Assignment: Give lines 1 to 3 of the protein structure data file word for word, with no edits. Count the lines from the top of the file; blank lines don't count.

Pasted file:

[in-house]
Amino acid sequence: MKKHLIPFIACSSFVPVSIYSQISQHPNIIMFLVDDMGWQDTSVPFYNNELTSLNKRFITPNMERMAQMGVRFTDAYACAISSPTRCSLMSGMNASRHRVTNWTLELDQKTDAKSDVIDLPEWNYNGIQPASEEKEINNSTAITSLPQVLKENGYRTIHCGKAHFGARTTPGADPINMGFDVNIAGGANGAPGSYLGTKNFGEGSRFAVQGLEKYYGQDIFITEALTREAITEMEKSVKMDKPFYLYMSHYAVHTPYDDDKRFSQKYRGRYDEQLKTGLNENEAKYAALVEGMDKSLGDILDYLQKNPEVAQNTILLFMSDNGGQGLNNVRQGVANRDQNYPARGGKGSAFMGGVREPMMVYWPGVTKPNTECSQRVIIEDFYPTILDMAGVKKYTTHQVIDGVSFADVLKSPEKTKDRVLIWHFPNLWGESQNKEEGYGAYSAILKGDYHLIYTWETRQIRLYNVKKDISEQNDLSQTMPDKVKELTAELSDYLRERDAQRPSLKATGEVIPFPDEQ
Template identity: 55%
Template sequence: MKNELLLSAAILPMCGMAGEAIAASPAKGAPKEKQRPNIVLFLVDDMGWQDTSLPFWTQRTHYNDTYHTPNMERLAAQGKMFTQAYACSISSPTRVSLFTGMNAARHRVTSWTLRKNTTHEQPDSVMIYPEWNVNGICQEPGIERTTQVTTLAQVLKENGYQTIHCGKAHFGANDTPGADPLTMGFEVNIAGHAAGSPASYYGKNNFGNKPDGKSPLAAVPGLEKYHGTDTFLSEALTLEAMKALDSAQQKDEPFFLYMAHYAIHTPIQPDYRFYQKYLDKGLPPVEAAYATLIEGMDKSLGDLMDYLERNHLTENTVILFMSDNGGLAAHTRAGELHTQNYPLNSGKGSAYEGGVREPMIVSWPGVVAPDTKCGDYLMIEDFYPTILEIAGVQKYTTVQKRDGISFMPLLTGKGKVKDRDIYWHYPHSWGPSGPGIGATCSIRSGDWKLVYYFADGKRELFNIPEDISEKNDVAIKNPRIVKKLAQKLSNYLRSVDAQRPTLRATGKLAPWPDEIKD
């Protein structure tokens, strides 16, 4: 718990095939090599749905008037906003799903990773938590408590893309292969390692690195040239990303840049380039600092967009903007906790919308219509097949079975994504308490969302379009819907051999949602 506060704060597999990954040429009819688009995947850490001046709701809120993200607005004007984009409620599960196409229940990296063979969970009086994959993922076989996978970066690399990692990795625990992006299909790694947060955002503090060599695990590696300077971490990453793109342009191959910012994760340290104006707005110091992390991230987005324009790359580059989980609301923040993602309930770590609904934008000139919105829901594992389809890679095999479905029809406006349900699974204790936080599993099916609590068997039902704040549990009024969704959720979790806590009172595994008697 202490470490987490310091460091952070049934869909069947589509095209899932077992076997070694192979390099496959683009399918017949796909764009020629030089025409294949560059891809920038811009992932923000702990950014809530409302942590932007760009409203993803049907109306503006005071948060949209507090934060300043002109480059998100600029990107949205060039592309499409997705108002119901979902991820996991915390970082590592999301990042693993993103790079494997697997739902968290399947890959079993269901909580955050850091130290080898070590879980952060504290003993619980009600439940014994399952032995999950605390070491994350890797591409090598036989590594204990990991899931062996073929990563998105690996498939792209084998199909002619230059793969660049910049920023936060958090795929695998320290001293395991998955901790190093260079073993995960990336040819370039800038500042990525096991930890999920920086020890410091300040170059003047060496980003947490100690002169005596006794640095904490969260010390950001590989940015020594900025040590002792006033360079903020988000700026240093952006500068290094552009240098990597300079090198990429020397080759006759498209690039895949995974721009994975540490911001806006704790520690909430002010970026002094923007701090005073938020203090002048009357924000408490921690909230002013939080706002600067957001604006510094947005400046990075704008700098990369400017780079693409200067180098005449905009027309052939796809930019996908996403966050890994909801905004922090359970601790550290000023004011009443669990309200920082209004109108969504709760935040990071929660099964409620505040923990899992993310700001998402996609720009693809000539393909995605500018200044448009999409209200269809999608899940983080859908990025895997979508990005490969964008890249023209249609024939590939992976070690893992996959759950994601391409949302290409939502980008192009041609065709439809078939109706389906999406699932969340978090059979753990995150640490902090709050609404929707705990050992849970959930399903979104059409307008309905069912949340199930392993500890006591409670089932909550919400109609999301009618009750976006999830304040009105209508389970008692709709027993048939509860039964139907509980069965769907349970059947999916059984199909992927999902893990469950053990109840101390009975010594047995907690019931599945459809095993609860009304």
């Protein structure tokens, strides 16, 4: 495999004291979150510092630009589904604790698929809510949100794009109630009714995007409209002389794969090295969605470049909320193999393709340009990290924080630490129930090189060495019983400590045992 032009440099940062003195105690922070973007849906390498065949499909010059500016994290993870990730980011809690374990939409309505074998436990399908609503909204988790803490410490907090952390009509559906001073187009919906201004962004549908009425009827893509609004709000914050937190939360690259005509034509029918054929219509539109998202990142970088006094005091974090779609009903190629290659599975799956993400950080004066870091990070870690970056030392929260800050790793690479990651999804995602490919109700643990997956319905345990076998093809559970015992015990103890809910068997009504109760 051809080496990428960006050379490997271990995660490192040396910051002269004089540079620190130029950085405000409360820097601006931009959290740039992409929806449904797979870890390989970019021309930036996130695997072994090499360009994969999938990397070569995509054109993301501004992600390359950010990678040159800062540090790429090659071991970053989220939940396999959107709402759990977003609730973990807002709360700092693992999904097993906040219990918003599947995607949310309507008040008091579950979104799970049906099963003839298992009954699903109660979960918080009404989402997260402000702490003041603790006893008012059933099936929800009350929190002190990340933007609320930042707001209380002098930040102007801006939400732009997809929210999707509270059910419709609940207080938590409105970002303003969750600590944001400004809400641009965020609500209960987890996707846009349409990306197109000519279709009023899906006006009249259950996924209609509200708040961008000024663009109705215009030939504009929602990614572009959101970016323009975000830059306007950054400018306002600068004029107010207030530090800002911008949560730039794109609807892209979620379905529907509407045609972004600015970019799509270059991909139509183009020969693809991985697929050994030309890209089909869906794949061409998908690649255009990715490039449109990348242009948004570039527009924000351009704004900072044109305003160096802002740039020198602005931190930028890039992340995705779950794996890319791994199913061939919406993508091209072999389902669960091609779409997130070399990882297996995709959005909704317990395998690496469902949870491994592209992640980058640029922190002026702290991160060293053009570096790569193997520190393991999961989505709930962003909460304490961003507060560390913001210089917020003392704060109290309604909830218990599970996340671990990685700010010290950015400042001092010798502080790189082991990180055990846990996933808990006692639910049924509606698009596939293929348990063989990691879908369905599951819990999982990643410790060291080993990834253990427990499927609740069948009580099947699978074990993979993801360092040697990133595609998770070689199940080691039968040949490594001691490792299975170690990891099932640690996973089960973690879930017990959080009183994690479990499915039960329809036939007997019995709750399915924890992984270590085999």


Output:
[in-house]
Amino acid sequence: MKKHLIPFIACSSFVPVSIYSQISQHPNIIMFLVDDMGWQDTSVPFYNNELTSLNKRFITPNMERMAQMGVRFTDAYACAISSPTRCSLMSGMNASRHRVTNWTLELDQKTDAKSDVIDLPEWNYNGIQPASEEKEINNSTAITSLPQVLKENGYRTIHCGKAHFGARTTPGADPINMGFDVNIAGGANGAPGSYLGTKNFGEGSRFAVQGLEKYYGQDIFITEALTREAITEMEKSVKMDKPFYLYMSHYAVHTPYDDDKRFSQKYRGRYDEQLKTGLNENEAKYAALVEGMDKSLGDILDYLQKNPEVAQNTILLFMSDNGGQGLNNVRQGVANRDQNYPARGGKGSAFMGGVREPMMVYWPGVTKPNTECSQRVIIEDFYPTILDMAGVKKYTTHQVIDGVSFADVLKSPEKTKDRVLIWHFPNLWGESQNKEEGYGAYSAILKGDYHLIYTWETRQIRLYNVKKDISEQNDLSQTMPDKVKELTAELSDYLRERDAQRPSLKATGEVIPFPDEQ
Template identity: 55%